In the 90s, there were puppy mills overbreeding Lhasas. The breed club for the AKC clamped on these people as did the federal government which is why it is more difficult to find this delightful breed. I grew up with Lhasas and can say that while they are content to be with me when I am home they do love to exercise, play and run around as well as bring avid chewers.

Lhasas are one of the 13 ancient breeds that descend from the Central Asian white wolf so they definitely have their moments - not beagle-esque but they can run and jump and are well-suited to competing in agility if that is your interest. But, whatever you choose these highly intelligent, loyal dogs will find there way yo your heart quickly and permanently.

A few notes: Lhasas are part of the non-sporting group and are not considered toy breeds. Further, if you do trim your dog it is advisable to pull the "fall" back, but as they are engineered, they very long lashes will prevent their hair from affecting their eyes but you do need to keep a check on their ears so they do not develop an ear infection.

I have always kept mine long except for the trimming of the feet and around the anus year round, once a week to the groomer for a bath and brush out and tidying up. They are very aware of their hair and how they look. Every week and in between brushing is an opportunity to prance. I love this little big dog. They have huge personalities and an unending supply of love and companionship. They are not your pet; they believe themselves to be your companion. They are a wonderful breed -- mine leave everyone smiling.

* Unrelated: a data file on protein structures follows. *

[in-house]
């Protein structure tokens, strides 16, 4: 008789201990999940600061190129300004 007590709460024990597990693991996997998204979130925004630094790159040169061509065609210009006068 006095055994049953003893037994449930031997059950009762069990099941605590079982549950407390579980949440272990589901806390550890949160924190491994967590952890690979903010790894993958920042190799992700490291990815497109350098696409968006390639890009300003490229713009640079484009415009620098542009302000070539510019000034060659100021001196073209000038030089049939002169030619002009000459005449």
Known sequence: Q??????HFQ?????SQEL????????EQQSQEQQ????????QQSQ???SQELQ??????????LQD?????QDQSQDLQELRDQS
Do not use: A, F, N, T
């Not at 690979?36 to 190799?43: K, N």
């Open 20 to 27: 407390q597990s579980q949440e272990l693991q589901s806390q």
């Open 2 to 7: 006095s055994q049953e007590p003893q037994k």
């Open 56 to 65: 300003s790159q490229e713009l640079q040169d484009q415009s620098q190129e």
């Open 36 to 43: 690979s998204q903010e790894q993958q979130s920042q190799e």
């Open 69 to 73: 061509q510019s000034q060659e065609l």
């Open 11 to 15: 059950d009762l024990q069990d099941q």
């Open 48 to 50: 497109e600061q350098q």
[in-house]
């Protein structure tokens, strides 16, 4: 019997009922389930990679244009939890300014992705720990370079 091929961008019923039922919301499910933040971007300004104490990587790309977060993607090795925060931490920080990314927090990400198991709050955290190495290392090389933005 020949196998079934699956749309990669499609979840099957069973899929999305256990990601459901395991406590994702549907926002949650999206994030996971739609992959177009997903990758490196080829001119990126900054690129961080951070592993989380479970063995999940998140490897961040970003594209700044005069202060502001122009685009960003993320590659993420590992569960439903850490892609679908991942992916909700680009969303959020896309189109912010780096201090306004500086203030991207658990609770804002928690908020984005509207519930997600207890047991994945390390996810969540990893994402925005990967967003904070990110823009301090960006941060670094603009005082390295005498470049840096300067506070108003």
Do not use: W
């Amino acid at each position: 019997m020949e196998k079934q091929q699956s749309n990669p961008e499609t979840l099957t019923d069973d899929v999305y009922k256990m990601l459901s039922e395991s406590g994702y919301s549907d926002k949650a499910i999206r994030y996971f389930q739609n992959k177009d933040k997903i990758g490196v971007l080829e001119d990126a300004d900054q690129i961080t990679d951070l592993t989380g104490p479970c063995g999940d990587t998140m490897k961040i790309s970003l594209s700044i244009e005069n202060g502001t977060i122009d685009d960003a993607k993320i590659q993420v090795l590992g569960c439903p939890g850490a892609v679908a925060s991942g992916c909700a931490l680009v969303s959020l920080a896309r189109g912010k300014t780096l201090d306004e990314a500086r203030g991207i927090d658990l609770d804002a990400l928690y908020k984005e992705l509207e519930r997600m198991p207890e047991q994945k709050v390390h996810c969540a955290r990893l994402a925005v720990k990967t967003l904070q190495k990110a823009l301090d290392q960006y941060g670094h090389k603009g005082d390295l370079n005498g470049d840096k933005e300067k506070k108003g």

I have an amazing Lhasa that I adopted a few months ago from a shelter (somebody else's loss whoever was careless enough to lose this amazing dog). Once he became extremely comfortable with us the protective nature started which I can totally handle.

My only big concern is his intense reaction to people on bicycles. Whenever we are on his walks the second he sees someone on a bike he flips out barking and just going crazy! I have no idea why!


My Lhasa goes absolutely nuts when someone comes to the door, until they come to the top of the stairs and they greet her; then she stops barking. I have tried everything to get her to stop barking, to no avail. Otherwise she is a lovely, lovable, loyal pet, with occasional bursts of energy, then she lounges around the rest of the time.

Her coat gets kind of oily and smelly, even though I bathe her regularly. If anyone has suggestions, please post.


I love my Lhasa Apso; he is so smart and energetic. I am moving to Florida and I am very worried about my dog because any airline wants to ship my dog to the states because of the temperatures.


I have had two lhasa apsos. One is very lively and confident and very good with children and the other is much less active. We say that she is on lhasa speed, which is quite slow for most of the time, but can liven up at times.

They are an addictive, adorable breed and I am besotted and hope that my angel outlives our previous female, who was 15, which isn't old for a lhasa.


I have always heard if dogs are inbred too much they will be hyper. I have a Lhasa and she is very mellow. She does have a barking fit with strangers.


I have a Lhasa Apso and he is so energetic. I wonder why as I also researched and most articles say that they should not be that active all the time. Any thoughts on this? Sandra of Pet Meds